So, back to the original question: How do you avoid a letdown? Notre Dame draws well here, averaging nearly 4,500 a game last year. There should be a good atmosphere.
But these aren't the Gophers. And this arena won't be jumping like the home rink was Saturday.
"We have to stick to our game," Toninato said. "We have to compete. We have to win those 50/50 puck battles. We have to be disciplined."
Usually, when a team goes on the road and faces a tough opponent (which Notre Dame undeniably is), it's not a bad thing to get out of the first period scoreless. Obviously, you want to score and have the lead, but 0-0 isn't the end of the world. As an example, I felt UMD took the best punch Minnesota had in the first period at Mariucci Arena last Friday. 0-0 game, and UMD led in shots. That isn't bad.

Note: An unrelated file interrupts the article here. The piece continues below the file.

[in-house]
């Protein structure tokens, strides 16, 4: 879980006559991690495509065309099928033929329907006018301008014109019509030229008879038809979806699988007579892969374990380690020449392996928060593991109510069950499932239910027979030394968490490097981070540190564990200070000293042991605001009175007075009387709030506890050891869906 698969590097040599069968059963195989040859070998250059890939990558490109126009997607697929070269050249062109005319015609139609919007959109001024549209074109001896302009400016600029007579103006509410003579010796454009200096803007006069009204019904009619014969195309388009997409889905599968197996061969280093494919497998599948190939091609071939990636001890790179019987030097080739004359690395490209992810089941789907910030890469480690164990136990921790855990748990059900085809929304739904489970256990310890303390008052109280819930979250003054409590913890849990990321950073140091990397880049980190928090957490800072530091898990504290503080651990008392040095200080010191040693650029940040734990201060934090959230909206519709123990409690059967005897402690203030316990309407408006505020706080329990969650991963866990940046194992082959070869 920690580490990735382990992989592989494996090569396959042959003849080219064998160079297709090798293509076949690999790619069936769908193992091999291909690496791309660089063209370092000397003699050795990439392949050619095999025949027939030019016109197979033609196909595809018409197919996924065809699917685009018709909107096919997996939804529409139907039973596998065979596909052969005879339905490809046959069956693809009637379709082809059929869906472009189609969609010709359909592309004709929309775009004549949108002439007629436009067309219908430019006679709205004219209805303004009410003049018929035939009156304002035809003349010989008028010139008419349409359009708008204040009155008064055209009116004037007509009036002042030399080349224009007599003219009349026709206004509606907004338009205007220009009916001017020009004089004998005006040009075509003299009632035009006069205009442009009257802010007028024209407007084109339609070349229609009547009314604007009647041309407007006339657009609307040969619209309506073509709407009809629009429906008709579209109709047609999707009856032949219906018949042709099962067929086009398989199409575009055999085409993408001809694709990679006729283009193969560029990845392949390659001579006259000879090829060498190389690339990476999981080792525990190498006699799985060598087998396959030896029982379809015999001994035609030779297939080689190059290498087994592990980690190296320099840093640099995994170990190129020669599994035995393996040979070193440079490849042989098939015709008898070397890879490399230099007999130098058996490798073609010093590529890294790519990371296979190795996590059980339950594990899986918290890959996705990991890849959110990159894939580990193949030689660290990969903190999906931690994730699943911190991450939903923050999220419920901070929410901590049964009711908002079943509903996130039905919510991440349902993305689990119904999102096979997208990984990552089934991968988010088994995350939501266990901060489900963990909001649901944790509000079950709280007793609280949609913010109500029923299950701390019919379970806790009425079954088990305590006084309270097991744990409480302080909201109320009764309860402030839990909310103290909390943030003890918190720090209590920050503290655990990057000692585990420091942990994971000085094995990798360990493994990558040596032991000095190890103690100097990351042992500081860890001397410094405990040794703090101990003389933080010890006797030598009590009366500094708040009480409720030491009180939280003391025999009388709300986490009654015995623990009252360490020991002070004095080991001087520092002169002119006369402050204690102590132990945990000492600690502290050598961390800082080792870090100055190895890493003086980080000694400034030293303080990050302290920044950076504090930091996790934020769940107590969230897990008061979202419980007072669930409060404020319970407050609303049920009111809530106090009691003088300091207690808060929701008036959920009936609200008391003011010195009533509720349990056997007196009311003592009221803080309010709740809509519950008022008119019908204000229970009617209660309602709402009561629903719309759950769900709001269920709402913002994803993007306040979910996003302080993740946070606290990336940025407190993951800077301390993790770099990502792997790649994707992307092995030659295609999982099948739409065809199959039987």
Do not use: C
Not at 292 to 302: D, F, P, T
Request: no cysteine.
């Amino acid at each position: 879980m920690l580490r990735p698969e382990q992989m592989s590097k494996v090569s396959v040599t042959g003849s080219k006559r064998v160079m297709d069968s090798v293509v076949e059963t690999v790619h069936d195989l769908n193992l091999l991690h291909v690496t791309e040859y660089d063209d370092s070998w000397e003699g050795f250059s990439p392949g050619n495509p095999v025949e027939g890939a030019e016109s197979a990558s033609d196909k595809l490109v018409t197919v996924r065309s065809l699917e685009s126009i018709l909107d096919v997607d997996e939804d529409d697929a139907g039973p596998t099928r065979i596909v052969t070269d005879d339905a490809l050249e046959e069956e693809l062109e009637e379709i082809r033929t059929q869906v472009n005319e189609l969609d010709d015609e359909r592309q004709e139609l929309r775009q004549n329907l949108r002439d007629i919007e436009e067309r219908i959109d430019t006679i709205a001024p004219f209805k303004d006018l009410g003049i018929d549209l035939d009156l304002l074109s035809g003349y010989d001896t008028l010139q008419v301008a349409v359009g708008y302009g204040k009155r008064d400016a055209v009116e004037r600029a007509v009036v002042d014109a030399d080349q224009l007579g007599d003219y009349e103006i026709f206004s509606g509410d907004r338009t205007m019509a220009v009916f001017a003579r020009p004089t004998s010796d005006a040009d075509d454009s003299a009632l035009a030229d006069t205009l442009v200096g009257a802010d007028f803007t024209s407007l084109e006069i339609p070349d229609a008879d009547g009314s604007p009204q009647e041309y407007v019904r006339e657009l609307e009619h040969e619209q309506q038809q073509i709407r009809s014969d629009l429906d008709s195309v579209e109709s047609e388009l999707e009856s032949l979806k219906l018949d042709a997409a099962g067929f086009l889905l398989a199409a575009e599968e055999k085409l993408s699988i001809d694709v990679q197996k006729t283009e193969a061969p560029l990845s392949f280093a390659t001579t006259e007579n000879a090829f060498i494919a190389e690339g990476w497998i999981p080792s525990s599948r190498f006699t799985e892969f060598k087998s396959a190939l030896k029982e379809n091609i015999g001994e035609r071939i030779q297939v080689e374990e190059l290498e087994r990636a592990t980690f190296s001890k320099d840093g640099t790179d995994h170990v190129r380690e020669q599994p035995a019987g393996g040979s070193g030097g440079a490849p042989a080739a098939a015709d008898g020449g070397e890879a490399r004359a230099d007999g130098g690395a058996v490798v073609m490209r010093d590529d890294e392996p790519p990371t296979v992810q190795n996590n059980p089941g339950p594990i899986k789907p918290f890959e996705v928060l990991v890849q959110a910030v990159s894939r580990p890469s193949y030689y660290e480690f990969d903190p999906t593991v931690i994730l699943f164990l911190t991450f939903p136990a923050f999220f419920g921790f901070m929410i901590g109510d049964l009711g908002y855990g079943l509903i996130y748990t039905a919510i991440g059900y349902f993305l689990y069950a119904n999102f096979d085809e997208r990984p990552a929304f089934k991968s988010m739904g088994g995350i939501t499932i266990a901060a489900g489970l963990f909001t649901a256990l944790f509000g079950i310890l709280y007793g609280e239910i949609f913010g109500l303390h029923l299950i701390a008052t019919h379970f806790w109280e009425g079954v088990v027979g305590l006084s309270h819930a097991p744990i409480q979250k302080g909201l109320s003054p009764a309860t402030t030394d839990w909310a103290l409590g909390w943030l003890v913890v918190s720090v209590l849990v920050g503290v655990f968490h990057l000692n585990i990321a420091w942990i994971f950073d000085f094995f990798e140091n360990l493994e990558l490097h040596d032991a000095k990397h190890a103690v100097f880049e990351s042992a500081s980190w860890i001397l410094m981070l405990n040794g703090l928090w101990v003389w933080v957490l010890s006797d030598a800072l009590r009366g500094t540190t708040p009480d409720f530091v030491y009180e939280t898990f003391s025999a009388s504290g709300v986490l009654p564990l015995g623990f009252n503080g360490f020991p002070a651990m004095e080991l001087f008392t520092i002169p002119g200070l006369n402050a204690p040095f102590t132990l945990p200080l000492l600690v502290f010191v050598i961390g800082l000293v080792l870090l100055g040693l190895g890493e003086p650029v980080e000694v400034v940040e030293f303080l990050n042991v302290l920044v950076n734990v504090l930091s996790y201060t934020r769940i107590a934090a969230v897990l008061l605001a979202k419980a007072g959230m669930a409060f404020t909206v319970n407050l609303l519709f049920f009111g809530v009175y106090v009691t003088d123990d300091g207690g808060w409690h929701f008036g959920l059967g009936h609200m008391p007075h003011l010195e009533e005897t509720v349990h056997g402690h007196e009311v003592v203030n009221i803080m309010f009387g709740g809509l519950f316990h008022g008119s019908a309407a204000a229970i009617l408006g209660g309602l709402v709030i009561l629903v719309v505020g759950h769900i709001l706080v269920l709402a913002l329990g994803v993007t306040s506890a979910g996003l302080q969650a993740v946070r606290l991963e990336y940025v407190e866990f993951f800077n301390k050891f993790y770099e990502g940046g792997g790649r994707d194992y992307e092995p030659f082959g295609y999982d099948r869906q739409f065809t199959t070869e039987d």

In a game like this one on Friday, I'd look for something good to happen for the visitors early. Could be a goal, but it could also be a big hit, a big save, or a successful penalty kill. Could be something even less significant than that. Just enough to galvanize the bench a bit and get guys emotionally into what's in front of them.
If UMD comes out Friday and, as Toninato said, wins races and/or battles, and maintains its discipline early, it could very well be a good night, and a good weekend.
I've never formally met Mario Lucia. Talked to him briefly at a press conference before the Ice Breaker last year, and enjoyed listening to him address reporters.
But I like him.
Lucia is one of six seniors on the Notre Dame roster. However, no one would have batted an eye if he wasn't one of them. Lucia could have turned pro after last season, and signed with the Minnesota Wild (drafted in 2011). Instead of taking his 49 goals and accepting paychecks, Lucia came back.